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Skaldic Poetry of the Scandinavian Middle Ages

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Anonymous Poems (Anon)

VII. Lilja (Lil) - 100

not in Skj

Lilja (‘Lily’) — Anon LilVII

Martin Chase 2007, ‘ Anonymous, Lilja’ in Margaret Clunies Ross (ed.), Poetry on Christian Subjects. Skaldic Poetry of the Scandinavian Middle Ages 7. Turnhout: Brepols, pp. 544-677. <> (accessed 21 May 2022)

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Skj: Eysteinn Ásgrímsson: Lilja (AII, 363-95, BII, 390-416)

SkP info: VII, 636-7

old edition introduction edition manuscripts transcriptions concordance search files

65 — Anon Lil 65VII

edition interactive full text transcriptions old edition references concordance


Cite as: Martin Chase (ed.) 2007, ‘Anonymous Poems, Lilja 65’ in Margaret Clunies Ross (ed.), Poetry on Christian Subjects. Skaldic Poetry of the Scandinavian Middle Ages 7. Turnhout: Brepols, pp. 636-7.

Hví stundaðir, inn forni fjandi
fremdar snauðr, á Jésú dauða?
Eða þóttiz þú meiri að mætti,
máttrinn hans er guðdóm váttar?
Eða hugðir þú líkams lygðir?
Líkam tók hann meyjar ríkrar;
óverðugan hann fleingdu fyrðar
flekklaustan; hann vann til ekki.

Hví stundaðir á Jésú dauða, inn forni fjandi, snauðr fremdar? Eða þóttiz þú meiri að mætti, er máttrinn hans váttar guðdóm? Eða hugðir þú lygðir líkams? Hann tók líkam ríkrar meyjar; fyrðar fleingdu hann óverðugan, flekklaustan; hann vann ekki til.

Why were you zealous for Jesus’ death, old fiend, bereft of honour? Or did you think yourself greater in strength, when his power attests to divinity? Or did you believe the lies of the body? He took the body of a powerful maiden; men whipped him, not deserving, spotless; he had not earned it.

Mss: Bb(115va), 99a(13r-v), 622(34-35), 713(11), Vb(253), 41 8°ˣ(126), 705ˣ(16v), 4892(35r-v)

Readings: [1] Hví: Því 99a, 713, Vb, 41 8°ˣ, 705ˣ, 4892;    inn: þú 99a, Vb, 41 8°ˣ, þú enn 713, 705ˣ, 4892;    forni: feigi 99a    [2] á: í Vb, 41 8°ˣ;    Jésú: so 622, 713, Vb, 41 8°ˣ, Jésús Bb, 99a, 705ˣ, Kristi 705ˣ, 4892    [3] þóttiz: hugðiz 713, Vb, 41 8°ˣ, hugðaz 4892;    meiri: meir 4892;    að: om. 622;    mætti: mættar 622    [4] máttrinn: enn máttrinn 99a, 705ˣ;    hans: þín 713;    er: þó 99a, Vb, 41 8°ˣ, 705ˣ, að 622, enn 713, 4892;    váttar: váttir Vb, 41 8°ˣ    [5] hugðir: hugðiz 713, 4892;    líkams: líkamans Vb, 41 8°ˣ;    lygðir: lygðum 713, lygði 4892    [6] Líkam: líkama 99a, 4892, að líkama Vb, 41 8°ˣ;    tók: tæki Vb, 41 8°ˣ    [7] hann: að 99a, 622, 713, om. Vb, 41 8°ˣ, 705ˣ;    fleingdu: fleingdu hann 99a, 705ˣ    [8] flekklaustan: flekklausastir 99a, 705ˣ, flekklaustur 622, flekklausan 713, flekklausastur Vb, 41 8°ˣ, 4892;    hann: so 99a, 622, 713, 705ˣ, om. Bb, Vb, 41 8°ˣ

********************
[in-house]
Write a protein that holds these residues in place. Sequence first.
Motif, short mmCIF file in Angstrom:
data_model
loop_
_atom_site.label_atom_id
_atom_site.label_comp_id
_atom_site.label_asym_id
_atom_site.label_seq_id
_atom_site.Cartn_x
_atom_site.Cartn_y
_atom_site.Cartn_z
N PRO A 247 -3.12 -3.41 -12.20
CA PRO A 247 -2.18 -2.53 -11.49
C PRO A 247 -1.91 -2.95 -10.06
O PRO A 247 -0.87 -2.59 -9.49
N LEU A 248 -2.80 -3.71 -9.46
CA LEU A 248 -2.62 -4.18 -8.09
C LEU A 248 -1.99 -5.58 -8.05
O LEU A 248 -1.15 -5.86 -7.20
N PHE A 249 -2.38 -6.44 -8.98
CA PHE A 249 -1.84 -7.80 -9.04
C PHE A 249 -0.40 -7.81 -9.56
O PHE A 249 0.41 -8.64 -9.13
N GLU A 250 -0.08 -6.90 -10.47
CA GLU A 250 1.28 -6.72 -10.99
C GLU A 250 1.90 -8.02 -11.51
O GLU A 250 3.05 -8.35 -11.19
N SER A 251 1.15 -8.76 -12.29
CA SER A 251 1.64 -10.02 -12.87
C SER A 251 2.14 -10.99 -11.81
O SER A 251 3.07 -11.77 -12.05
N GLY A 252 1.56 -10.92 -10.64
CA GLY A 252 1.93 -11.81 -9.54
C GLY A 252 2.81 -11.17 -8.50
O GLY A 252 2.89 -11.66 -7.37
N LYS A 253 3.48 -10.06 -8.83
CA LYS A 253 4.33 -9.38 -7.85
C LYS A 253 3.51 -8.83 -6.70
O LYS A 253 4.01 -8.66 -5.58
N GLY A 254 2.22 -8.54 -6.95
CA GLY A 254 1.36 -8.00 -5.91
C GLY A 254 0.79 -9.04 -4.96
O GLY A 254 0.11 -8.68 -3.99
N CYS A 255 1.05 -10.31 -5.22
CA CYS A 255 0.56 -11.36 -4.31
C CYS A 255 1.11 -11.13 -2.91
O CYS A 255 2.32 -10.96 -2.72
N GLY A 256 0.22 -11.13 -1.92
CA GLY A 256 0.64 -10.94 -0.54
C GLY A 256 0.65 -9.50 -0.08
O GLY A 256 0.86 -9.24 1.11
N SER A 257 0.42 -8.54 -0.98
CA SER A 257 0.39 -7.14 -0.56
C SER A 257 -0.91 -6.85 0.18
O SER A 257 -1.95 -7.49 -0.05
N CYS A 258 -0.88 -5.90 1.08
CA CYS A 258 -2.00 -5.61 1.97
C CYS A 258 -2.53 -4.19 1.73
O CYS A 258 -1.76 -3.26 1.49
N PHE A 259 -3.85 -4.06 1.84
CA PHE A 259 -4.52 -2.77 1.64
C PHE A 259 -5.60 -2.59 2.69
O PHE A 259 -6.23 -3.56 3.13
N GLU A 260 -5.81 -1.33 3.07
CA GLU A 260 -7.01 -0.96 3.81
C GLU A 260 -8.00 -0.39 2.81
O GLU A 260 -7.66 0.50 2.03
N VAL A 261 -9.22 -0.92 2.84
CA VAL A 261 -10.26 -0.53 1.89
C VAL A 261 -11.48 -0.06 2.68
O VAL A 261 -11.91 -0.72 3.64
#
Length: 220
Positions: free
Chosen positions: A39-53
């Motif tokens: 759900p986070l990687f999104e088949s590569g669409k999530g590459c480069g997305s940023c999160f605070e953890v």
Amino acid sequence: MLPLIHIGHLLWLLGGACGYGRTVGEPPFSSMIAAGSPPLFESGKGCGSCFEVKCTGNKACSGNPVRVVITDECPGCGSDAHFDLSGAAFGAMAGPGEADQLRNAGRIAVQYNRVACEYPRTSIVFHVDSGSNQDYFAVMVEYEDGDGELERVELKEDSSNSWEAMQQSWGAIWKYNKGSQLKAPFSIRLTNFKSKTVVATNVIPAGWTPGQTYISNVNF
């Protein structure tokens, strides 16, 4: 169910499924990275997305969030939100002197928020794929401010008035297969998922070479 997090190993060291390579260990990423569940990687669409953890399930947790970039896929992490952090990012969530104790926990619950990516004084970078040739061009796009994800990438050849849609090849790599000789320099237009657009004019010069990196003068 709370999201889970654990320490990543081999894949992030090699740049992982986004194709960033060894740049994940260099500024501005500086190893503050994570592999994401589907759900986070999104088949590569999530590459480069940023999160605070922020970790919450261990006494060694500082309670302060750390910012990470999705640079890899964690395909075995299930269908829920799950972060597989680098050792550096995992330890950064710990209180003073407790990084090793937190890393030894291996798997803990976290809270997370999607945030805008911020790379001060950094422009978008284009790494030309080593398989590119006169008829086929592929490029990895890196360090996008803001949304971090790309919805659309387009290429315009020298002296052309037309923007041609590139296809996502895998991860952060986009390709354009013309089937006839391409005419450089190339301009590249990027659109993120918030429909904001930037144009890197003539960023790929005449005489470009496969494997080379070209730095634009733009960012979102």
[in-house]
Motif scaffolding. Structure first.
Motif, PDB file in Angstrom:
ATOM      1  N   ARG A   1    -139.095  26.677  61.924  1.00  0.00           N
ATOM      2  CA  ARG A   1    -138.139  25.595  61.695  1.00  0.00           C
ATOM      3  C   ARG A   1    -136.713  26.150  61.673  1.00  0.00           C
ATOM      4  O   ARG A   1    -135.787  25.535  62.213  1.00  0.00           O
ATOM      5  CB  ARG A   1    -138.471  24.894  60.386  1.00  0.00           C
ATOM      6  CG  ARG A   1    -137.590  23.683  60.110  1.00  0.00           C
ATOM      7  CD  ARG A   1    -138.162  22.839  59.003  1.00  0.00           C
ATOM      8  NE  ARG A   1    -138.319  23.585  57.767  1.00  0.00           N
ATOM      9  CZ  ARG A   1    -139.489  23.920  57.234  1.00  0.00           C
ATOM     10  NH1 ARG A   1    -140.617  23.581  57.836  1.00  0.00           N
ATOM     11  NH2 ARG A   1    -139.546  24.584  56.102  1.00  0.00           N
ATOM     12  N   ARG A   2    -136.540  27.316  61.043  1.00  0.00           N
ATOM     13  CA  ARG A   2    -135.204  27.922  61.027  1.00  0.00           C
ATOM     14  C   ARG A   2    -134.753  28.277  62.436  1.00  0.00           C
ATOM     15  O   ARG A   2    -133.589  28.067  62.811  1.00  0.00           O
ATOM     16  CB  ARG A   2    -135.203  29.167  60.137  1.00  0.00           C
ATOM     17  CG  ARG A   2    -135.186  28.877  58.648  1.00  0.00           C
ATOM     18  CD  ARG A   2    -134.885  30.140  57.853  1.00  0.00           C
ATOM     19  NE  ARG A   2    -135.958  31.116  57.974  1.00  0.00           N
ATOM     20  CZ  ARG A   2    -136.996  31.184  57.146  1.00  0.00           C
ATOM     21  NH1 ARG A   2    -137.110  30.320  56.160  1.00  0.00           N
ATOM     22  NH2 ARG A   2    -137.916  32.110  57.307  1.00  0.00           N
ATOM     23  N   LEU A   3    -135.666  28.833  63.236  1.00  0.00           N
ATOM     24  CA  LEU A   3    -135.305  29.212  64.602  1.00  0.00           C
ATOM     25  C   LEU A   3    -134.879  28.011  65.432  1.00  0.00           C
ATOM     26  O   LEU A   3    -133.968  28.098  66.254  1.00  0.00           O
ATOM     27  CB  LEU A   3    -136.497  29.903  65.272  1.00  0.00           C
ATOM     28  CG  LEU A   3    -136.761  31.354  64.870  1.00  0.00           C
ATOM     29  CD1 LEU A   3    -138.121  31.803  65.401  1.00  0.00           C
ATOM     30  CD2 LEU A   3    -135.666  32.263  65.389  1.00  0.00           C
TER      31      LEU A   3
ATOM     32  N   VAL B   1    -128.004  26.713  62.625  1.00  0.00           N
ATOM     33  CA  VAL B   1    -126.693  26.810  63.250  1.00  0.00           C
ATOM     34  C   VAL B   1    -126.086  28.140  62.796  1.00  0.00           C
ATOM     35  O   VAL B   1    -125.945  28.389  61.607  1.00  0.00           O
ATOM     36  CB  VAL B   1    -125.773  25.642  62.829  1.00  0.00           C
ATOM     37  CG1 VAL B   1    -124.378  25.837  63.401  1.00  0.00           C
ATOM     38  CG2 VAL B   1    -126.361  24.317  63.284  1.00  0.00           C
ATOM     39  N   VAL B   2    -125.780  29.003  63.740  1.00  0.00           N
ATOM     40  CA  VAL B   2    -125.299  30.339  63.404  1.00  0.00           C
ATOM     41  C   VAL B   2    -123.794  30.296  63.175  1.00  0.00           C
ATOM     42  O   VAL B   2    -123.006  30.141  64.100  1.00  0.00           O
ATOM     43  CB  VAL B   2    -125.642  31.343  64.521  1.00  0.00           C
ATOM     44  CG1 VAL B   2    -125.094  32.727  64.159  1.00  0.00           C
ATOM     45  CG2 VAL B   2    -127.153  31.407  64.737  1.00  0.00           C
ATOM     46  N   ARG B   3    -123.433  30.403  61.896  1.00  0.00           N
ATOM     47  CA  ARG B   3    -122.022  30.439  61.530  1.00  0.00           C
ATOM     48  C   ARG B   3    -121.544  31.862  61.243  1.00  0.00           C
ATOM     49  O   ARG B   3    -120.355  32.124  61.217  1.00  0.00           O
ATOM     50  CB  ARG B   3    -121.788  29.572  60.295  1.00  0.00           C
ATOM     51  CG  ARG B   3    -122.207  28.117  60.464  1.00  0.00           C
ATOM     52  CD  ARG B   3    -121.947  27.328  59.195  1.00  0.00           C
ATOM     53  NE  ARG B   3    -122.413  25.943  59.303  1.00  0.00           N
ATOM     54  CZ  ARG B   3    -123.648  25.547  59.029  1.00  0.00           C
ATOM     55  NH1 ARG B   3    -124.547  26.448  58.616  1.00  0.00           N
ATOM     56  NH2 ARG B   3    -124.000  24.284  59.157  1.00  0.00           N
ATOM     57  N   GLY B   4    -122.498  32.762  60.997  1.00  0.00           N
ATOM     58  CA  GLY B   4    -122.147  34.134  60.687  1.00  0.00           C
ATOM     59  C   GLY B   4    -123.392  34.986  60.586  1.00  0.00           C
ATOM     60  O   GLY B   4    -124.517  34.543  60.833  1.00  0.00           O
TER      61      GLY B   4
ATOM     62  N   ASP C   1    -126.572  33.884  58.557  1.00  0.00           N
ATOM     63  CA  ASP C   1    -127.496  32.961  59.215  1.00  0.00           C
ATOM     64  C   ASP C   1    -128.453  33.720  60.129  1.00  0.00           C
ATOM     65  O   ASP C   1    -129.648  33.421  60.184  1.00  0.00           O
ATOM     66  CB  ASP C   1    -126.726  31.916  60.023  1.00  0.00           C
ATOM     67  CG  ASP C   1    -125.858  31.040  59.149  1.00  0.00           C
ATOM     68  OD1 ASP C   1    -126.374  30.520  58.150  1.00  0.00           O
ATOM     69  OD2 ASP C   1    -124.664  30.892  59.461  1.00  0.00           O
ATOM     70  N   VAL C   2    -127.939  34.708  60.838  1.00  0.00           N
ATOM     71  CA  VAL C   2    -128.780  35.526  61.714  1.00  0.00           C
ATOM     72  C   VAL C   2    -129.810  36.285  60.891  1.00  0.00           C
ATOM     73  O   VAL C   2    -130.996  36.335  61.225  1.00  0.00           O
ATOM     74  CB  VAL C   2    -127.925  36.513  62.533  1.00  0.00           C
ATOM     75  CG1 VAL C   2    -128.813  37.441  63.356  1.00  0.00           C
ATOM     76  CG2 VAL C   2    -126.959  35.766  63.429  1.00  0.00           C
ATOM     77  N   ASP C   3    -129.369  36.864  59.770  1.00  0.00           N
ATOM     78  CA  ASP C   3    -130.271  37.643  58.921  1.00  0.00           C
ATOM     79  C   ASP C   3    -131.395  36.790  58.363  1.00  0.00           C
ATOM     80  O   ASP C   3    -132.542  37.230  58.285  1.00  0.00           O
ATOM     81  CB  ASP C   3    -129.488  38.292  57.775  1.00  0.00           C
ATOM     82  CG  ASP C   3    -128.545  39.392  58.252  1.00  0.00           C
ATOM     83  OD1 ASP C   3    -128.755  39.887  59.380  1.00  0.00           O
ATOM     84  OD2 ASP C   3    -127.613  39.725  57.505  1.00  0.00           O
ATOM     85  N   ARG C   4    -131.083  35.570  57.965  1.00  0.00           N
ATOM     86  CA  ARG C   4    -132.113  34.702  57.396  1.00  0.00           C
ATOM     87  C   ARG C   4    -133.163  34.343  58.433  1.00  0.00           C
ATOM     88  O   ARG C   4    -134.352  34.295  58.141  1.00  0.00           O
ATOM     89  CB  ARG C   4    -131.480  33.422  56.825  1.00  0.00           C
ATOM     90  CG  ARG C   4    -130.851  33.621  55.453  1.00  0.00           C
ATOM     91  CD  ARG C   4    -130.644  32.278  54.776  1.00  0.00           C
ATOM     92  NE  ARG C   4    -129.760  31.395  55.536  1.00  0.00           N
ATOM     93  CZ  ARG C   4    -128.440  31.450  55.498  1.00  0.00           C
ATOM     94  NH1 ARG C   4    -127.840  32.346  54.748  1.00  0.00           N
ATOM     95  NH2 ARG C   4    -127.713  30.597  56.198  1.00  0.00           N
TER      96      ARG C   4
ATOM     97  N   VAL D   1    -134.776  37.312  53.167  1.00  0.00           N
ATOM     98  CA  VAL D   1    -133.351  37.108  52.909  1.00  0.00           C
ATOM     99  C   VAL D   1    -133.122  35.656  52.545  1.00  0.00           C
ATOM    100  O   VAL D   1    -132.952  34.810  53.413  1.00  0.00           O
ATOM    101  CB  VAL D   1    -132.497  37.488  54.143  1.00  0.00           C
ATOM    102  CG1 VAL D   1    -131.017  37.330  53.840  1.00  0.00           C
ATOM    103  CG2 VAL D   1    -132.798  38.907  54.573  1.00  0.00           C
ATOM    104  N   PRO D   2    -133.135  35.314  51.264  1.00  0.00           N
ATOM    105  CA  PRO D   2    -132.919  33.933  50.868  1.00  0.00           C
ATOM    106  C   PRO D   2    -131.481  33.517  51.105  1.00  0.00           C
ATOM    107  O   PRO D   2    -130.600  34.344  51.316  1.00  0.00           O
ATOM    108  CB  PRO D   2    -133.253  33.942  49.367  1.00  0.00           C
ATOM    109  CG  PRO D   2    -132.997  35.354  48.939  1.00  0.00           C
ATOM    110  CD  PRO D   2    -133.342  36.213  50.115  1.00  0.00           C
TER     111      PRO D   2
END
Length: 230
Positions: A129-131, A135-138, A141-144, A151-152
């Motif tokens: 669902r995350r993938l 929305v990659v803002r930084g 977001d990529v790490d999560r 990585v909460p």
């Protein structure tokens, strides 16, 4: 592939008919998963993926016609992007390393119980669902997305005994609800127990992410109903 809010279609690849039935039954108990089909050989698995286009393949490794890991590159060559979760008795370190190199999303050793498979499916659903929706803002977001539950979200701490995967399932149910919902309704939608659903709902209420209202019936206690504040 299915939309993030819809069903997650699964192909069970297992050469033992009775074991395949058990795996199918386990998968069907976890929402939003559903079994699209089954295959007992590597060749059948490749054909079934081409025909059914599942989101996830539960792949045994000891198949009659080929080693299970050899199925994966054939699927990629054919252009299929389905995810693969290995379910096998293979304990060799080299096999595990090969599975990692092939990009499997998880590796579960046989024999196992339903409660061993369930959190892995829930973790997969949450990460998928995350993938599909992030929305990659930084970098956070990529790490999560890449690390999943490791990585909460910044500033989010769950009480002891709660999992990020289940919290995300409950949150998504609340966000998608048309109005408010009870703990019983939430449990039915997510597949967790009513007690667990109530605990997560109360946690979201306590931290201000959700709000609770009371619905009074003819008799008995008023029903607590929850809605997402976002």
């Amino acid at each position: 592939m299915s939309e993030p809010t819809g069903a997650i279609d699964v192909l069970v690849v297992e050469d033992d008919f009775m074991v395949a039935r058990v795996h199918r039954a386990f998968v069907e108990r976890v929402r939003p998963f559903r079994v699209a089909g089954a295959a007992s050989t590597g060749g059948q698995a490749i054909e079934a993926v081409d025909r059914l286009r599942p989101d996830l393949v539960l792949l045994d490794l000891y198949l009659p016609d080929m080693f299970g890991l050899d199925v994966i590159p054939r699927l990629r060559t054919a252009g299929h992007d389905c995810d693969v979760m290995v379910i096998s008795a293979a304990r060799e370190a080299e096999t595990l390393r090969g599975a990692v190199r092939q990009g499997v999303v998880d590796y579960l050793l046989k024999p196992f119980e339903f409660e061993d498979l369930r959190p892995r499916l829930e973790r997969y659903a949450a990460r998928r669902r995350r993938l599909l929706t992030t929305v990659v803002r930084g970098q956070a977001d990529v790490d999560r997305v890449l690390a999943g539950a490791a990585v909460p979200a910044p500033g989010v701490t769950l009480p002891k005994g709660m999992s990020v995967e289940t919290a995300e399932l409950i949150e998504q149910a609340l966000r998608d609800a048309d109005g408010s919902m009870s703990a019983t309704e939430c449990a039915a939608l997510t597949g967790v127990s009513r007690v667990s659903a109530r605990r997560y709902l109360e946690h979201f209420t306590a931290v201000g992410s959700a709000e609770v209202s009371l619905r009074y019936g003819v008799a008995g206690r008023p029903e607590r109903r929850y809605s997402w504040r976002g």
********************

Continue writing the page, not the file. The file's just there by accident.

Editions: Skj: Eysteinn Ásgrímsson, Lilja 65: AII, 384, BII, 407, Skald II, 223, NN §2629 E.

Notes: [All]: The st. contrasts Lucifer’s inflated idea of his power with the greater might of both Jesus and Mary. Peter Foote (1982, 118) points out that much of the content of this st. and the following is ‘clearly a verbatim transfer of the Poetria nova’ of Geoffrey of Vinsauf. Cf. Geoffrey on subjectio and gradatio: Serpens invidiae nostraeque propaginis auctor, / Cur cruce damnasti Christum? Meruitne? Sed expers / Omnis erat maculae. Corpus fantasma putasti? / Sed veram carnem sumpsit de virgine. Purum / Credebas hominem? Sed de virtute probavit / Esse Deum. Quare merita damnare ‘Serpent of envy and foe of our race, why did you seek Christ’s death on the cross? Did he deserve it? But he was free of all guilt. Did you think his body a phantom? But he assumed true flesh of a virgin. Did you think him mere man? But by his power he proved himself God...’ (Nims 1967, 57; Faral 1924, 232). — [1, 2] stundaðir … á ‘[you] were zealous for’: The idiom stunda á means ‘strive after, aspire to, trust in’. — [4]: Skj B reads máttrinn hans at guðdóm váttar and translates uagtet hans styrke vidner om goddomsnatur? ‘although his strength attests to his divine nature?’. JH points out that ‘although’ is Finnur’s editorial addition and suggests that Bb’s er is preferable to the of 622. He translates når hans magt vidner om guddom ‘when his might attests to divinity’. — [5] lygðir líkams ‘the lies of the body’: I.e. the body’s apparent weakness. This is a return to the theme of st. 60: the seemingly mortal Jesus on the Cross as bait in a trap. — [7] fleingdu ‘whipped’: Cf. Mark X.34: þeir munu og ſpotta hann / og fleingia ſpyta a hann ‘they will mock him and whip and spit on him’ (Hið Nya Testament 1540 [Sigurður Nordal 1933]); see also Matt. XX.19, XVII.36; Mark XV.15; Luke XVIII.32-3; and John XIX.1.

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